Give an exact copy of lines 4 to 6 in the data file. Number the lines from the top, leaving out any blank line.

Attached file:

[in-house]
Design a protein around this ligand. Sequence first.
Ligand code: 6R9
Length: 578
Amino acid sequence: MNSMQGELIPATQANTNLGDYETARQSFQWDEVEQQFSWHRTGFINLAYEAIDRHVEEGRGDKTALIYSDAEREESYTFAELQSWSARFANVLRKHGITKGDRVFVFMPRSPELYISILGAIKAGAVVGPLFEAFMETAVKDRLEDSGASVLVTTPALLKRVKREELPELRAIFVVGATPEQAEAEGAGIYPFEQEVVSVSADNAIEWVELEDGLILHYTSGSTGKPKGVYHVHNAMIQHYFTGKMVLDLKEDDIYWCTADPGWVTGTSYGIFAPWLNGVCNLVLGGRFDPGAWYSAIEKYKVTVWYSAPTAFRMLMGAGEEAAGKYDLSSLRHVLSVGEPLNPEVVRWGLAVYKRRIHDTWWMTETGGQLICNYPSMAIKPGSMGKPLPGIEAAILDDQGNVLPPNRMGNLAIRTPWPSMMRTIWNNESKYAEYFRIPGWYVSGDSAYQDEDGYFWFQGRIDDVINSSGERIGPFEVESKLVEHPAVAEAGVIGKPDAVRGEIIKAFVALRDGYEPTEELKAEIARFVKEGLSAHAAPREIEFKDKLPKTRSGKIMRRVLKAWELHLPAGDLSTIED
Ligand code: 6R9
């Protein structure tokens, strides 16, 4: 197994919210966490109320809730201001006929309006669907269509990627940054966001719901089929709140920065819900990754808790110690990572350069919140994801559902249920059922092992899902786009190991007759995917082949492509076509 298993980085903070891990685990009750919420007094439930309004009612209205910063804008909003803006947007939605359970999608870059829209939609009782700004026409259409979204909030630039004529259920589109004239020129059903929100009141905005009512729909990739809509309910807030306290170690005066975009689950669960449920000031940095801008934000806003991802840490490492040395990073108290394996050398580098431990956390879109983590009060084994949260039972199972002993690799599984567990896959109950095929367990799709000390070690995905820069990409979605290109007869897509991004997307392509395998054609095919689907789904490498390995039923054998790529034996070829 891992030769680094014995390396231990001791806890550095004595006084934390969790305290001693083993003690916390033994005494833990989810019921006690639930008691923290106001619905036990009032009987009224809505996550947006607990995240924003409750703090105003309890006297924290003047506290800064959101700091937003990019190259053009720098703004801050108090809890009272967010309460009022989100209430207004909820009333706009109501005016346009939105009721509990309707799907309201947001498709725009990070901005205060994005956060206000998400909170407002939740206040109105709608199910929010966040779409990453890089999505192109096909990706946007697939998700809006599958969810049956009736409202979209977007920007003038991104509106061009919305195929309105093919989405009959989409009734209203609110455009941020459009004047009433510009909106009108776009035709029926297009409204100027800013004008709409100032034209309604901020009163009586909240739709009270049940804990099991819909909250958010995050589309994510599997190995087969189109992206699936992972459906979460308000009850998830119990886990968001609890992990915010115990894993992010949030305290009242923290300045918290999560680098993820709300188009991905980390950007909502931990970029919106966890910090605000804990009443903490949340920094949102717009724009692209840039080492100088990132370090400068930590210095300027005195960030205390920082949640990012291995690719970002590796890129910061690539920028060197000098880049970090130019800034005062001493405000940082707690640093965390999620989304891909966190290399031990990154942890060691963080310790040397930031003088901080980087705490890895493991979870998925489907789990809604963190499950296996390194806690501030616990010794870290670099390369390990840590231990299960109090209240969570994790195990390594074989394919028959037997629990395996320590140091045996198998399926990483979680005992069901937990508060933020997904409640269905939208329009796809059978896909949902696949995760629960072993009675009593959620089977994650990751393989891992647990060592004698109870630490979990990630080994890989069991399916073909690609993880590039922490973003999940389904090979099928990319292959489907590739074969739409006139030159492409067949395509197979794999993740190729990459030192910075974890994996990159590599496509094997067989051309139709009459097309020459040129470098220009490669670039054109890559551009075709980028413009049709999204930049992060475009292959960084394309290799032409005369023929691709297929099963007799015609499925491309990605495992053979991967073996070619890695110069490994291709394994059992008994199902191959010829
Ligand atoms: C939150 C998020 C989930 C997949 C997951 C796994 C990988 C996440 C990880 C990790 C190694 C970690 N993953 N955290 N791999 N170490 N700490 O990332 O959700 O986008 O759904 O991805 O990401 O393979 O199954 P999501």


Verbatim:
Length: 578
Amino acid sequence: MNSMQGELIPATQANTNLGDYETARQSFQWDEVEQQFSWHRTGFINLAYEAIDRHVEEGRGDKTALIYSDAEREESYTFAELQSWSARFANVLRKHGITKGDRVFVFMPRSPELYISILGAIKAGAVVGPLFEAFMETAVKDRLEDSGASVLVTTPALLKRVKREELPELRAIFVVGATPEQAEAEGAGIYPFEQEVVSVSADNAIEWVELEDGLILHYTSGSTGKPKGVYHVHNAMIQHYFTGKMVLDLKEDDIYWCTADPGWVTGTSYGIFAPWLNGVCNLVLGGRFDPGAWYSAIEKYKVTVWYSAPTAFRMLMGAGEEAAGKYDLSSLRHVLSVGEPLNPEVVRWGLAVYKRRIHDTWWMTETGGQLICNYPSMAIKPGSMGKPLPGIEAAILDDQGNVLPPNRMGNLAIRTPWPSMMRTIWNNESKYAEYFRIPGWYVSGDSAYQDEDGYFWFQGRIDDVINSSGERIGPFEVESKLVEHPAVAEAGVIGKPDAVRGEIIKAFVALRDGYEPTEELKAEIARFVKEGLSAHAAPREIEFKDKLPKTRSGKIMRRVLKAWELHLPAGDLSTIED
Ligand code: 6R9